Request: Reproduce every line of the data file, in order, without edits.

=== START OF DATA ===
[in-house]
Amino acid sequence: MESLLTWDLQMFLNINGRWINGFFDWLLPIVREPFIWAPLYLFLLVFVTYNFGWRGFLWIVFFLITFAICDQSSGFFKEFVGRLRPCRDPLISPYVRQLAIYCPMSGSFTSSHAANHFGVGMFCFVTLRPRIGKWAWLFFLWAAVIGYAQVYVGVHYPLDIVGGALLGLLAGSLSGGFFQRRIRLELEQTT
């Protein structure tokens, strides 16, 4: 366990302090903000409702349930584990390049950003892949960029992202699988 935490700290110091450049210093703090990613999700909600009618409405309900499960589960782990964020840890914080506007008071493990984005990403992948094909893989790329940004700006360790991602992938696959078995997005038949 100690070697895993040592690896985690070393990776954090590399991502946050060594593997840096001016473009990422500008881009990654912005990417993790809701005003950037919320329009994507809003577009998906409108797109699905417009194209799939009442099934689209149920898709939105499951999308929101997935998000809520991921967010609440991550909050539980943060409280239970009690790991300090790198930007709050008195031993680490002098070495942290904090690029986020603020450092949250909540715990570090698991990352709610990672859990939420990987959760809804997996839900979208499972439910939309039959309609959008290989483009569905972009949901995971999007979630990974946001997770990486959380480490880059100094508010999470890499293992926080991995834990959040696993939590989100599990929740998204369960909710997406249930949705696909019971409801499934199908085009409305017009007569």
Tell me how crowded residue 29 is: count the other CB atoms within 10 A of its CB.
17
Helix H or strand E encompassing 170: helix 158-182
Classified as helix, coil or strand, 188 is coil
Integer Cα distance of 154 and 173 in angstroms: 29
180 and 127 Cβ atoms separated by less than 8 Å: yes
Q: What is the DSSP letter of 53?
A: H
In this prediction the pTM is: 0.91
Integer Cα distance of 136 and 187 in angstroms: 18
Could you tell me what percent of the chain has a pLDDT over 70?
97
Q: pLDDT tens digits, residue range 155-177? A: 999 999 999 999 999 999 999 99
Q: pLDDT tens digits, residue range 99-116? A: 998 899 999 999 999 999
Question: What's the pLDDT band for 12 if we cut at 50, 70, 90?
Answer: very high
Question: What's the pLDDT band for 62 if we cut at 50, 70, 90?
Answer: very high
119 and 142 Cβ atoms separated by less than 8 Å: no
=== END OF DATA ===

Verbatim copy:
[in-house]
Amino acid sequence: MESLLTWDLQMFLNINGRWINGFFDWLLPIVREPFIWAPLYLFLLVFVTYNFGWRGFLWIVFFLITFAICDQSSGFFKEFVGRLRPCRDPLISPYVRQLAIYCPMSGSFTSSHAANHFGVGMFCFVTLRPRIGKWAWLFFLWAAVIGYAQVYVGVHYPLDIVGGALLGLLAGSLSGGFFQRRIRLELEQTT
């Protein structure tokens, strides 16, 4: 366990302090903000409702349930584990390049950003892949960029992202699988 935490700290110091450049210093703090990613999700909600009618409405309900499960589960782990964020840890914080506007008071493990984005990403992948094909893989790329940004700006360790991602992938696959078995997005038949 100690070697895993040592690896985690070393990776954090590399991502946050060594593997840096001016473009990422500008881009990654912005990417993790809701005003950037919320329009994507809003577009998906409108797109699905417009194209799939009442099934689209149920898709939105499951999308929101997935998000809520991921967010609440991550909050539980943060409280239970009690790991300090790198930007709050008195031993680490002098070495942290904090690029986020603020450092949250909540715990570090698991990352709610990672859990939420990987959760809804997996839900979208499972439910939309039959309609959008290989483009569905972009949901995971999007979630990974946001997770990486959380480490880059100094508010999470890499293992926080991995834990959040696993939590989100599990929740998204369960909710997406249930949705696909019971409801499934199908085009409305017009007569």
Tell me how crowded residue 29 is: count the other CB atoms within 10 A of its CB.
17
Helix H or strand E encompassing 170: helix 158-182
Classified as helix, coil or strand, 188 is coil
Integer Cα distance of 154 and 173 in angstroms: 29
180 and 127 Cβ atoms separated by less than 8 Å: yes
Q: What is the DSSP letter of 53?
A: H
In this prediction the pTM is: 0.91
Integer Cα distance of 136 and 187 in angstroms: 18
Could you tell me what percent of the chain has a pLDDT over 70?
97
Q: pLDDT tens digits, residue range 155-177? A: 999 999 999 999 999 999 999 99
Q: pLDDT tens digits, residue range 99-116? A: 998 899 999 999 999 999
Question: What's the pLDDT band for 12 if we cut at 50, 70, 90?
Answer: very high
Question: What's the pLDDT band for 62 if we cut at 50, 70, 90?
Answer: very high
119 and 142 Cβ atoms separated by less than 8 Å: no